Earnings season begins in earnest this week as investors look for an exit from the market’s recent malaise as jobs data suggests recession fears may be overplayed.
U.S. equity moved lower Monday, while the dollar scaled fresh two-decades highs against its global peers, as investors took a broadly defensive tone heading into what could be a crucial week in terms of direction for global stocks markets.
Earnings, inflation and retail sales data will likely establish a longer-term tenor for U.S. markets this week as investors debate underlying strength of the world’s largest economy, which appears to be tilting towards recession, and the Federal Reserve’s appetite for higher interest rates against surging inflation.
Corporate earnings, in fact, could be the pivot point from which investors launch a sustained stock market rally between now and the end of the year, with investors closely eyeing the start of the second quarter reporting season later this week.
JPMorgan Chase (JPM) – Get JP Morgan Chase & Co. Report, Citigroup (C) – Get Citigroup Inc. Report, Wells Fargo (WFC) – Get Wells Fargo & Company Report and Morgan Stanley (MS) – Get Morgan Stanley Report will lead the way with June quarter profit updates, following on from their solid Fed stress test results last month, as around 18 S&P 500 companies are slated to update this week.
Collective S&P 500 profits are forecast to rise by 5.7% from last year to a share-weighted $465.3 billion, although the bulk of those gains will be derived from soaring energy sector profits. Once those are backed out, S&P 500 earnings will likely be 3% lower from last year.
Last week’s stronger-than-expected June jobs report, which showed 372,000 new additions alongside moderating wage growth, went a long way in terms of dispelling concerns over a near-term recession, but growth metrics continue to suggest contraction over the second quarter and sustained weakness as we enter the third.
Modest gains for equities last week, however, indicate investors need further convincing before they’re prepared to embrace a growth-lead rally for stocks over the second half of the year, particularly given the pace of inflation and the Fed’s continued pledge on interest rates derived from minutes of is June meeting, which were published last week.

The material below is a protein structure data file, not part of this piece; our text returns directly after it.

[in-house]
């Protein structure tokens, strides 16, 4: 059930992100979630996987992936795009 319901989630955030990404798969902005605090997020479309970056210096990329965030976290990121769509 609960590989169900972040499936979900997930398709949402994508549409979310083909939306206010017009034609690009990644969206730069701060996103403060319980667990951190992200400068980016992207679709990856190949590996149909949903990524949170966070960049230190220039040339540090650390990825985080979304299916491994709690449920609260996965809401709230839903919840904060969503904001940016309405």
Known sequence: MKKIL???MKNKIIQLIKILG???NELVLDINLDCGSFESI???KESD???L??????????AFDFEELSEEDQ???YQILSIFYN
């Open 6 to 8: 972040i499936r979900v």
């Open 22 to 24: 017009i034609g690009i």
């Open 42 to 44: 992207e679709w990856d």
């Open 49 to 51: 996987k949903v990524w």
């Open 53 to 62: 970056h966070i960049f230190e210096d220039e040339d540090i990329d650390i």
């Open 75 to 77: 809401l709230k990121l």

The CME Group’s FedWatch tool is pricing in a 93% chance of a 75 basis point rate hike from the Fed later this month, with a 30% chance of a similar move in September, up from just 14% a week ago.
The U.S. Treasury bond yield curve remains firmly inverted, as well, with 2-year notes trading at 3.088% and 10-year note holding at 3.071% ahead of a $33 billion auction of new paper later this week. The U.S. dollar index, which tracks the greenback against a basket of its global peers, was marked 0.65% higher at 107.695.
Europe’s Stoxx 600 was marked 0.27% lower in mid-day Frankfurt trading, following on from a 1.65% decline for the Asia-region MSCI ex-Japan index and a 1.11% gain for the Nikkei 225 in Tokyo.
China stocks, in fact, were hit by reports of new Covid infections, as well as mass testing, in Shanghai, amid the possible spread of the new, highly transmissible Omicron subvariant.
The news, as well as the firmer U.S. dollar, pushed global oil prices shaprly lower in overnight trading, with WTI futures contracts of August delivery falling $2.32 to $102.47 per barrel and Brent contracts for September sliding $1.68 to $105.34 per barrel,
On Wall Street, futures tied to the S&P 500 are indicating a 30 point opening bell pullback while those liked to the Dow Jones Industrial Average are priced for a 191 point slide. Futures linked to the tech-focused Nasdaq are indicating a 115 point decline.
In terms of individual stocks, Twitter (TWTR) – Get Twitter Inc. Report shares extended declines in pre-market trading following Tesla (TSLA) – Get Tesla Inc. Report CEO Elon Musk’s declaration that he’s ‘terminating’ his $44 billion merger agreement and the social media group’s vow to make him go through with the deal.